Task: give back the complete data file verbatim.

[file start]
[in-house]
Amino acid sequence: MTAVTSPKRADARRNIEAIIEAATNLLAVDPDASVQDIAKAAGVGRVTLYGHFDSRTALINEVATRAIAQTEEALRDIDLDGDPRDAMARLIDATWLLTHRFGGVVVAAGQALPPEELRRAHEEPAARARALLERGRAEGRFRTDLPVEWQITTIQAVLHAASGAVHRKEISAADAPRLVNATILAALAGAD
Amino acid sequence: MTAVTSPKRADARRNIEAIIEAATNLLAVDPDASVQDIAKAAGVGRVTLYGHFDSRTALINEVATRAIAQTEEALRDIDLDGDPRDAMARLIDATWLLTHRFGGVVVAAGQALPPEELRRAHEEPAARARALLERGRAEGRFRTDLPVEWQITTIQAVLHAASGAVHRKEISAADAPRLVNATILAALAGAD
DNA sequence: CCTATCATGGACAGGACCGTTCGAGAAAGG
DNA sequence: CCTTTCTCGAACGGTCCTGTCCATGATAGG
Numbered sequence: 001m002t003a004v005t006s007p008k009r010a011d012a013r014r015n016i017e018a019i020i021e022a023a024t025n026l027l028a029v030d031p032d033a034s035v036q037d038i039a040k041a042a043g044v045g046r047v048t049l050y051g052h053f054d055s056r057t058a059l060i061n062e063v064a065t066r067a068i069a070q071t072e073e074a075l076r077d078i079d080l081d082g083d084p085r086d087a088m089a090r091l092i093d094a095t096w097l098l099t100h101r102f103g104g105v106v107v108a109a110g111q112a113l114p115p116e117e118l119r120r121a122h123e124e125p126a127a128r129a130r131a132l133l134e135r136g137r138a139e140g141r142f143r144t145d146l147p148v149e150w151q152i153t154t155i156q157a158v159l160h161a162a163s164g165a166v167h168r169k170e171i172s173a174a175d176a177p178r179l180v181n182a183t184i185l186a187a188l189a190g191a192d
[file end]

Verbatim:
[in-house]
Amino acid sequence: MTAVTSPKRADARRNIEAIIEAATNLLAVDPDASVQDIAKAAGVGRVTLYGHFDSRTALINEVATRAIAQTEEALRDIDLDGDPRDAMARLIDATWLLTHRFGGVVVAAGQALPPEELRRAHEEPAARARALLERGRAEGRFRTDLPVEWQITTIQAVLHAASGAVHRKEISAADAPRLVNATILAALAGAD
Amino acid sequence: MTAVTSPKRADARRNIEAIIEAATNLLAVDPDASVQDIAKAAGVGRVTLYGHFDSRTALINEVATRAIAQTEEALRDIDLDGDPRDAMARLIDATWLLTHRFGGVVVAAGQALPPEELRRAHEEPAARARALLERGRAEGRFRTDLPVEWQITTIQAVLHAASGAVHRKEISAADAPRLVNATILAALAGAD
DNA sequence: CCTATCATGGACAGGACCGTTCGAGAAAGG
DNA sequence: CCTTTCTCGAACGGTCCTGTCCATGATAGG
Numbered sequence: 001m002t003a004v005t006s007p008k009r010a011d012a013r014r015n016i017e018a019i020i021e022a023a024t025n026l027l028a029v030d031p032d033a034s035v036q037d038i039a040k041a042a043g044v045g046r047v048t049l050y051g052h053f054d055s056r057t058a059l060i061n062e063v064a065t066r067a068i069a070q071t072e073e074a075l076r077d078i079d080l081d082g083d084p085r086d087a088m089a090r091l092i093d094a095t096w097l098l099t100h101r102f103g104g105v106v107v108a109a110g111q112a113l114p115p116e117e118l119r120r121a122h123e124e125p126a127a128r129a130r131a132l133l134e135r136g137r138a139e140g141r142f143r144t145d146l147p148v149e150w151q152i153t154t155i156q157a158v159l160h161a162a163s164g165a166v167h168r169k170e171i172s173a174a175d176a177p178r179l180v181n182a183t184i185l186a187a188l189a190g191a192d